Anthony Haden-Guest is to the world of art commentary what Hans Ulrich Obrist is to the world of curation. Both operate in fields traditionally excluded from the monographic series of art history, which prioritises an interest in the artist and the art over the distribution, dissemination and exhibition of these works. Both have pioneered interest in their relative areas; both are celebrated as prolific and engaging individuals.
As a writer, reporter and cartoonist, Haden-Guest has contributed to the world's most lauded publications; as a bon vivant and socialite, he has become part of the art world of which he writes. Rumoured to be the inspiration for the British expatriate journalist Peter Fallow in Tom Wolfe's The Bonfire of the Vanities, he has documented his findings in, among other titles, True Colors: The Real Life of the Art World and The Last Party: Studio 54, Disco and the Culture of the Night.
Having written extensively on the art market, Haden-Guest is bound up in the global arts scene and has watched the growth of the Middle Eastern cultural movement with keenness. "I've been going to the Middle East for many years," he says. "I covered the Lebanese civil war and so I started going to the region extensively from 1980 onwards. I'd go and see the galleries there and was interested in the wealth and scope of the art on show."
For Haden-Guest, the clichéd view of Arab art as "white and gold and ornamental" doesn't ring true. "In reality, it is far more complex than that," he says. "For instance, identity plays a strong role, whether an artist is Egyptian or Lebanese, whether they have spent their working career in London or Paris and how those European influences factor into the work, how different cultures complicate it."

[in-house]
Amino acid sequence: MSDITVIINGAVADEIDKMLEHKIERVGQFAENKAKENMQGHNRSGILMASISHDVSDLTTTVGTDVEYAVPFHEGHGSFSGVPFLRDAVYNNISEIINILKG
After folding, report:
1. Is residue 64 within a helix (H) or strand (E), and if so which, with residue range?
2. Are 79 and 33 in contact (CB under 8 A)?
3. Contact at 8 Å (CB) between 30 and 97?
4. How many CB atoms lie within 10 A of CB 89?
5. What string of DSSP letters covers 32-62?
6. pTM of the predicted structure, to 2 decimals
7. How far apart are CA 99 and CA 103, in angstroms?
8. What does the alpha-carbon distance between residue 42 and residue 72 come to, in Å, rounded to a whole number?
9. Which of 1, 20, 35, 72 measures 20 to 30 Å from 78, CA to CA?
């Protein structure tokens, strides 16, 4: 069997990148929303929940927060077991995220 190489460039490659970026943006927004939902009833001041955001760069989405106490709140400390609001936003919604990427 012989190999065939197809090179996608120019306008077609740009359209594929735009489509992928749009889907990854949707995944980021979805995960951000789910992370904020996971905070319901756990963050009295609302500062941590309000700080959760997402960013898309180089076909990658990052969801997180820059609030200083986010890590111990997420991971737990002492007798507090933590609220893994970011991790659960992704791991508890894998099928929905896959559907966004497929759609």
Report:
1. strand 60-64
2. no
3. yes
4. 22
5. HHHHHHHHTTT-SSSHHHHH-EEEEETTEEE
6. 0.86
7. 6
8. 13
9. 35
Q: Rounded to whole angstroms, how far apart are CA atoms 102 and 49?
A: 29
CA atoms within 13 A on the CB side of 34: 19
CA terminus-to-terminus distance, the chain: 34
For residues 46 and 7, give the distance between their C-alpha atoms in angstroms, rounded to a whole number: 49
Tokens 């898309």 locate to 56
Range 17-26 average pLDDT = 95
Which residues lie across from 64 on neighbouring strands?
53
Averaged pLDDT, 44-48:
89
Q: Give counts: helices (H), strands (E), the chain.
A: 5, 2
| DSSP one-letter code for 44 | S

Initially "sceptical" of the burgeoning art fair scene in the region - "I thought it was just a way of channelling in the big petro dollar" - Haden-Guest quickly came to see it as an encouraging reflection of the level of cultural activity in the region. There are also, he argues, excellent rationales for Art Dubai, in terms of bringing in Indian collectors and showcasing emerging artists producing work locally. Anecdotal evidence suggests that collectors in the Middle East, like those in China, are very motivated to collect work by artists from their own cultures, something Haden-Guest sees as " a good and healthy thing". "Not forgetting what Aidan Salakhova, who started Moscow's first commercial art gallery, pointed out to me once: 'This is the Russian Miami. They have six flights a day here.'
"I find Art Dubai of particular interest," Haden-Guest says. "Contemporary art fairs tend to have an identikit aspect, the Big Four most unmistakably. We talk about the 'globalism' of the new art world and, yes, it has grown bigger in every way and, yes, the technology of communications makes mountains of data available 24/7 and, yes, uber-artists are global in the same sense as soccer-players and conductors. Abu Dhabi to me seems to have the international art market covered, so that you are more likely to see all the big western and American names on display there.
"At Art Dubai, I saw no Damien Hirsts on the stands, no Richard Princes, no Murakamis and just one Warhol. Art Dubai is a regional fair, and it is all the more interesting for that. It is stronger on Arab art, with some very good Iranian art. It's not just another cookie-cutter fair selling blue-chip art. They are seriously showing what is being made out there in the region."